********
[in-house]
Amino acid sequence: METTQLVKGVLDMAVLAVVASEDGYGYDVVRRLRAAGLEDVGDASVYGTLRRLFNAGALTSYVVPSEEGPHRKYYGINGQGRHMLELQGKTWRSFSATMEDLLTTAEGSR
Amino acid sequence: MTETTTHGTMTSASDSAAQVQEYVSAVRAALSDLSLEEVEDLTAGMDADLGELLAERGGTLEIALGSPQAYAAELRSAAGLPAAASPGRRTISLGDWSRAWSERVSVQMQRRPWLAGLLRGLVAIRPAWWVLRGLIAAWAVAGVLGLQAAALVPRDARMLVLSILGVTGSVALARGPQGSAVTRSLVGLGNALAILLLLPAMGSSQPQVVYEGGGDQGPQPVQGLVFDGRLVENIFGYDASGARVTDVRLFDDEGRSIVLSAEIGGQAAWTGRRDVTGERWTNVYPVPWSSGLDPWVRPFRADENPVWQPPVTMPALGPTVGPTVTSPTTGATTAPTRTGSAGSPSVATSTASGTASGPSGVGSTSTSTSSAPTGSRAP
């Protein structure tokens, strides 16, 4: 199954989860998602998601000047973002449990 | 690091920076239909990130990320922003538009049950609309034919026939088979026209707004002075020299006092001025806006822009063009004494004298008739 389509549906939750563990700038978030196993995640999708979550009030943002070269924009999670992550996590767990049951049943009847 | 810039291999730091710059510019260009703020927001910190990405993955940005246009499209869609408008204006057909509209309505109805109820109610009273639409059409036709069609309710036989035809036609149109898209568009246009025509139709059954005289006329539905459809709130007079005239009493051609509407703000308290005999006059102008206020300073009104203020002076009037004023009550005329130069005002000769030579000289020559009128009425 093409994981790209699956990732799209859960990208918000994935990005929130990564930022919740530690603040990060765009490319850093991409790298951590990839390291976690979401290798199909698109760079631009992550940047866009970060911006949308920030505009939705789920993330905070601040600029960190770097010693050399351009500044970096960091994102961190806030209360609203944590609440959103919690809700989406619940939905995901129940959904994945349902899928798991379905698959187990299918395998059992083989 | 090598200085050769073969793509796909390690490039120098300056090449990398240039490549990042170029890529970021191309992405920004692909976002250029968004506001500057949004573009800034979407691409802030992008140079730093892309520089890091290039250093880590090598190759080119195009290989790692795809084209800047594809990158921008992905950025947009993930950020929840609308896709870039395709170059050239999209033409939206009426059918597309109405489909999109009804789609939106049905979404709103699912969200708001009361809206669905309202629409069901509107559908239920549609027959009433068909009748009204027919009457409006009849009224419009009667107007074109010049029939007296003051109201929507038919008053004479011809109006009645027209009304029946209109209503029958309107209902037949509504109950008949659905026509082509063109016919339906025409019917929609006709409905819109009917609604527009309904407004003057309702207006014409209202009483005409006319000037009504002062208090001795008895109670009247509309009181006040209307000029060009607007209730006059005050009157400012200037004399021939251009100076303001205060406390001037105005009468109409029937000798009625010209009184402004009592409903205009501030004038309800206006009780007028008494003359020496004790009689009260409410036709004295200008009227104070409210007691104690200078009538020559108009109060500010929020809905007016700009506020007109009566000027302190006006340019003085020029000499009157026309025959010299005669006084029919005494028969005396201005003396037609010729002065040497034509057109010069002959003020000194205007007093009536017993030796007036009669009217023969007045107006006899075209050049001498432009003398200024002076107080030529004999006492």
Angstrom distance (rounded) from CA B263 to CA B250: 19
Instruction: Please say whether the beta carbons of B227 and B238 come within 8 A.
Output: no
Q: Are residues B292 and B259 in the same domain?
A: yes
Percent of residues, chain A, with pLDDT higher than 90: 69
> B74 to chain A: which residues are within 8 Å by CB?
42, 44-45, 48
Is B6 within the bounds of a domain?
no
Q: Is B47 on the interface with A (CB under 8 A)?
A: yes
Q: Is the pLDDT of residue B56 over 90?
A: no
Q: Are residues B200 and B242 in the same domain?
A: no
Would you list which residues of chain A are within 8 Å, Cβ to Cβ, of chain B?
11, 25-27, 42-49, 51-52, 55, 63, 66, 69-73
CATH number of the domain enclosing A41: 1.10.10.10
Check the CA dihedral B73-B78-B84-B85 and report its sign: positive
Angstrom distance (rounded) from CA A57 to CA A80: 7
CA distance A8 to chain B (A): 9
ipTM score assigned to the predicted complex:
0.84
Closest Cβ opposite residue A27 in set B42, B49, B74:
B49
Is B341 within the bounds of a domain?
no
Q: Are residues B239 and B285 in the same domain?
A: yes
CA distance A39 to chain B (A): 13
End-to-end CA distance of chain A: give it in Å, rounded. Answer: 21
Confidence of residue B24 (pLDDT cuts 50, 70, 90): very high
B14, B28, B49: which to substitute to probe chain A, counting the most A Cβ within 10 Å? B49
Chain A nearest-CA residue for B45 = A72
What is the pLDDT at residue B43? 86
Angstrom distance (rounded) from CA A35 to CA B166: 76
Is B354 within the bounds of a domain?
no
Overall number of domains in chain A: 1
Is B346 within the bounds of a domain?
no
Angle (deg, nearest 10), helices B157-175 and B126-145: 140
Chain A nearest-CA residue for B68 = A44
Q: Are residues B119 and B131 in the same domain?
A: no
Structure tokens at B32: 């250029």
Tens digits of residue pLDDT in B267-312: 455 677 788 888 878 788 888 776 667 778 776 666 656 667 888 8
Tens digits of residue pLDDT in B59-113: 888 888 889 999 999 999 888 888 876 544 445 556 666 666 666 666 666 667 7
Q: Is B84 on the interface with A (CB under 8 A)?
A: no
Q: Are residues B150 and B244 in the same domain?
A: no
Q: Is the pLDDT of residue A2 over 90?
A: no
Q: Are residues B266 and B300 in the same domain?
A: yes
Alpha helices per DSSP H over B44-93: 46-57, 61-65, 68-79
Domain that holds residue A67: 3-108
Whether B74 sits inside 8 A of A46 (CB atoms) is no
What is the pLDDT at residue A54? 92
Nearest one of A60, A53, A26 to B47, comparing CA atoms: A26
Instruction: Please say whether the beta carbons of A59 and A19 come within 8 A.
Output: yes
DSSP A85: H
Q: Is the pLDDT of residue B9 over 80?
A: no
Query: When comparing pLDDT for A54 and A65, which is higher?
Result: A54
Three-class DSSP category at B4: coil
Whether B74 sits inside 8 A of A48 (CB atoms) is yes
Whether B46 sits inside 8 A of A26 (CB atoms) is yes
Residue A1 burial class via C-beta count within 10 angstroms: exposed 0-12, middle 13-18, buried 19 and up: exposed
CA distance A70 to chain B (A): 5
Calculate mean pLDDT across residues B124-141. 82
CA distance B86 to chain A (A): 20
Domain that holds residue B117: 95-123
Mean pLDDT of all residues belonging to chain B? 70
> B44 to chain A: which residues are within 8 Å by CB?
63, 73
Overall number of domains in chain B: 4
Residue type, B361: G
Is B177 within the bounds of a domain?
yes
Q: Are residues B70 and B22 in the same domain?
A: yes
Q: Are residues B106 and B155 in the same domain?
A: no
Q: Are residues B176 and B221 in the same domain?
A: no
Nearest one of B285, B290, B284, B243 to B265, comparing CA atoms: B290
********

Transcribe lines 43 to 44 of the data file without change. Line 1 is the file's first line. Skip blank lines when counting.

no
Overall number of domains in chain A: 1